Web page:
April 19, 2024
Binance Under Fire: Central Bank of Nigeria Head Voices Concern, Executives Detained
Policy & Regulation

Binance Under Fire: Central Bank of Nigeria Head Voices Concern, Executives Detained

Binance finds itself under intensified scrutiny in Nigeria following allegations of “suspicious flows” of funds through its Nigerian arm in 2023. This was revealed by Olayemi Cardoso, the governor of the Central Bank of Nigeria (CBN), during a press briefing on February 27.

Expressing concern over the situation, CBN head Olayemi Cardoso highlighted the perceived risks associated with crypto exchanges in Nigeria, stating, “We are concerned that certain practices go on that indicate illicit flows going through a number of these entities, suspicious flows at best.” Cardoso further disclosed alarming figures regarding Binance Nigeria, noting, “In the case of Binance, in the last year alone, $26bn has passed through Nigeria from sources and users who we cannot adequately identify.”

The response to these concerns has been swift, with collaborative efforts between various government agencies, including the Economic and Financial Crimes Commission (EFCC), the police, and the office of the National Security Adviser (NSA), to address the issue. Reports have surfaced indicating that two Binance executives, citizens of the United States and the United Kingdom, have been detained and had their passports confiscated by the office of the NSA in Abuja.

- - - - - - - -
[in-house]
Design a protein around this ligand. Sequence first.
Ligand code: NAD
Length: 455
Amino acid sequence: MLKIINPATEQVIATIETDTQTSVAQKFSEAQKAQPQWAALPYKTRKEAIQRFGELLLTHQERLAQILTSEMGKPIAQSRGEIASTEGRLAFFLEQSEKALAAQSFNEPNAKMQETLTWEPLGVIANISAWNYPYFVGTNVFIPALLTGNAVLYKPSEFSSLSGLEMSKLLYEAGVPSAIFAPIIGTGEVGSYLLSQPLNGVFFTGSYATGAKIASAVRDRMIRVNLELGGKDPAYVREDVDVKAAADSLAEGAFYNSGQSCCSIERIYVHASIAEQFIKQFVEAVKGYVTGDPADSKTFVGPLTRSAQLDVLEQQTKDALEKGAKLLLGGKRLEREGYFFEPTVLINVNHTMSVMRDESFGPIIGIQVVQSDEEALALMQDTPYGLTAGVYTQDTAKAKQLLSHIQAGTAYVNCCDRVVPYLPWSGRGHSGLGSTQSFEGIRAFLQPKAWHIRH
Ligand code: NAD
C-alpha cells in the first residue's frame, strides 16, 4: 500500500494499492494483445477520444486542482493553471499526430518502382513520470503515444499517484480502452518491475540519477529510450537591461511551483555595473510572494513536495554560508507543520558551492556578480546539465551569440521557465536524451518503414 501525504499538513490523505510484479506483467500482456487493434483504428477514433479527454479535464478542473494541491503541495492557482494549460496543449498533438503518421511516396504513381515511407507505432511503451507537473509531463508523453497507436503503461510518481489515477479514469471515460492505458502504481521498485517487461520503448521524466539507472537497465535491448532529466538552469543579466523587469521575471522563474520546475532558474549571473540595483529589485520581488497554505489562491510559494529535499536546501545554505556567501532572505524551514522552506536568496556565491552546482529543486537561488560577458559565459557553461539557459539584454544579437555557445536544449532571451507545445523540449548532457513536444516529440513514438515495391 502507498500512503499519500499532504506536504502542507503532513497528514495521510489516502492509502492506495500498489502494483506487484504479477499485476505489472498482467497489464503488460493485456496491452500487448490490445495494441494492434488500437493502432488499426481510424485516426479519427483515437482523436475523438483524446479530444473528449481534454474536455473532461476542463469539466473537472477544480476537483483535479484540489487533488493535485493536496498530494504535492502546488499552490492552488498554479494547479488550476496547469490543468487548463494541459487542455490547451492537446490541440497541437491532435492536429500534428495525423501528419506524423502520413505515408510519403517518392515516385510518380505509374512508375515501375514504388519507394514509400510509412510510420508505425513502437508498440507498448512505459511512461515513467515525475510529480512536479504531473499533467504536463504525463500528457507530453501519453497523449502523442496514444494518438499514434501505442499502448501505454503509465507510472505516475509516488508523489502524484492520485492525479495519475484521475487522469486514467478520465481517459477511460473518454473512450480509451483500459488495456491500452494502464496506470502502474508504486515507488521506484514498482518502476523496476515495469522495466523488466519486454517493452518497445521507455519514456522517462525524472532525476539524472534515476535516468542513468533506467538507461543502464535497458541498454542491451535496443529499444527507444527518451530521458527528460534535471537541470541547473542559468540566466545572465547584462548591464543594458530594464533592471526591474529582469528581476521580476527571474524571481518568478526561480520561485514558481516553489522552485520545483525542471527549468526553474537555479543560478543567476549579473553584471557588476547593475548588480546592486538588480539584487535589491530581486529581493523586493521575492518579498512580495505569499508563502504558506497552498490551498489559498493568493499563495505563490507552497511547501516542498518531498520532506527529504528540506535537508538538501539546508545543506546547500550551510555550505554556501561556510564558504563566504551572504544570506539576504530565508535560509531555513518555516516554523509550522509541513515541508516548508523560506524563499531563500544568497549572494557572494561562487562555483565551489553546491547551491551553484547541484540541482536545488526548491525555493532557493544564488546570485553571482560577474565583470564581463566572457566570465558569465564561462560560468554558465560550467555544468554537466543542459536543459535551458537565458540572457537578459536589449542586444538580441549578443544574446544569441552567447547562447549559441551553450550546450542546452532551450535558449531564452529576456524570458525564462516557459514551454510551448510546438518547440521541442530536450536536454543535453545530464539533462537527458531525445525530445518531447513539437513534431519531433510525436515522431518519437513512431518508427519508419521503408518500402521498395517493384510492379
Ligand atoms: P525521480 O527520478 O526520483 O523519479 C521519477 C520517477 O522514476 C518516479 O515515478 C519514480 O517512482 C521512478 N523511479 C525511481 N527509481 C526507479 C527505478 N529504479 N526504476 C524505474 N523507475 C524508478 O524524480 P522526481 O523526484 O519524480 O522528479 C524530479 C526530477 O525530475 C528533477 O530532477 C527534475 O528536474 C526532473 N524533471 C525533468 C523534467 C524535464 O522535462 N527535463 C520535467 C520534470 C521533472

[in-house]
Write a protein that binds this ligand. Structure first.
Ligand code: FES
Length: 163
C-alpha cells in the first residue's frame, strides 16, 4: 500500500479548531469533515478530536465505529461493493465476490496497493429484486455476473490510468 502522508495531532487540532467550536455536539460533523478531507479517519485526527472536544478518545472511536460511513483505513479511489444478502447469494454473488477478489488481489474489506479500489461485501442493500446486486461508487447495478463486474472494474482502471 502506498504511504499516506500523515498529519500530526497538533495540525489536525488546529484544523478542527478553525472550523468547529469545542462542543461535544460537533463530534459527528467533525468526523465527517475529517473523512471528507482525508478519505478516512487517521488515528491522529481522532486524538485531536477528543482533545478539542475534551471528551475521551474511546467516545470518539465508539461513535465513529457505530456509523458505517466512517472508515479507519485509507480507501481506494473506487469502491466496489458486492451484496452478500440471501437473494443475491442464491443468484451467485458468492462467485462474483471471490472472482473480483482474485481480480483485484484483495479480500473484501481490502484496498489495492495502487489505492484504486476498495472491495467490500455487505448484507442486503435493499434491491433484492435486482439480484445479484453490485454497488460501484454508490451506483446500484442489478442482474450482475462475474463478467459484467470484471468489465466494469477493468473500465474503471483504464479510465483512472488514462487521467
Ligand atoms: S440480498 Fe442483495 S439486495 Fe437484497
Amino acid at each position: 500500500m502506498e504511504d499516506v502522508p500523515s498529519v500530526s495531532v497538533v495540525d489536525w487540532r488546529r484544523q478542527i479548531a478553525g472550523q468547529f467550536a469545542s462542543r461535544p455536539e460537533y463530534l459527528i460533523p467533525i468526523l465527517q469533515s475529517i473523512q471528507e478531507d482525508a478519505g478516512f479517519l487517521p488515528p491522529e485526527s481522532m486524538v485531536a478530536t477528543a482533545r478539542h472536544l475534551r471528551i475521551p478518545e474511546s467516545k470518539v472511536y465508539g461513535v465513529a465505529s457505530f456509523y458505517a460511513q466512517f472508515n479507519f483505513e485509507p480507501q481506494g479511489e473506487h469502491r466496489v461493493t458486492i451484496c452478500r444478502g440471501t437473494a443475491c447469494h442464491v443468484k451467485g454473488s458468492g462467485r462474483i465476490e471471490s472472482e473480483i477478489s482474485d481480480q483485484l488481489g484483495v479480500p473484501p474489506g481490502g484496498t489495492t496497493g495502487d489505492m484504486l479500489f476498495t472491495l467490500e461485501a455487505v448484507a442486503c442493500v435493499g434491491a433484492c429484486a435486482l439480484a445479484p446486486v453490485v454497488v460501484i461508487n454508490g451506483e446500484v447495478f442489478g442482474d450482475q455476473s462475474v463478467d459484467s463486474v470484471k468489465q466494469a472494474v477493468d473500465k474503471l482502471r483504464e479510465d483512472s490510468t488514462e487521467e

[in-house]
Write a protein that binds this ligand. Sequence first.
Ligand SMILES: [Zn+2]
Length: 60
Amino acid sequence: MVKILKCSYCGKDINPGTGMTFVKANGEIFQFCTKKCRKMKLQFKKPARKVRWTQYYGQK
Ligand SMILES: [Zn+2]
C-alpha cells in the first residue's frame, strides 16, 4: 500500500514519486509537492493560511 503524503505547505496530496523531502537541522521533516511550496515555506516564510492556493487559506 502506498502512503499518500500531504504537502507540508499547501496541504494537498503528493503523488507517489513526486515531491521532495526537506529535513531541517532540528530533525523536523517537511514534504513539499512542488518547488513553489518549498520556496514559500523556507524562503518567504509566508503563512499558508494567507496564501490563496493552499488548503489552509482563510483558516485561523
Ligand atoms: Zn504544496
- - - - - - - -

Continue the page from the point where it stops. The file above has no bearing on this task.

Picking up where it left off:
The situation escalated on February 21 when internet access to Binance and several other cryptocurrency exchanges was blocked in Nigeria, following allegations by presidential adviser Bayo Onanuga of currency manipulation by crypto exchanges. Binance had already taken preemptive measures by imposing restrictions on Tether trading in Nigeria on February 20, in an apparent effort to appease regulators.

According to reports, the ban on crypto exchanges extended to platforms such as Forextime, OctaFX, Crypto, FXTM, Coinbase, and Kraken on February 27. This development coincided with the Nigerian naira hitting an all-time low against the U.S. dollar on the same day, adding further fuel to the ongoing debate surrounding cryptocurrency regulation in the country.

Despite the heightened scrutiny, the CBN lifted a two-year ban on banks engaging in crypto transactions in December, issuing guidelines for regulating virtual asset service providers concurrently. Additionally, Nigeria made headlines in 2022 as the second country to launch a central bank digital currency, with the Africa Stablecoin Consortium introducing the naira-pegged cNGN stablecoin in a CBN regulator sandbox earlier this month.

As regulatory pressures mount and investigations continue, the cryptocurrency landscape in Nigeria remains in flux, with stakeholders closely monitoring developments and implications for the broader financial ecosystem.

Image: Wallpapers.com

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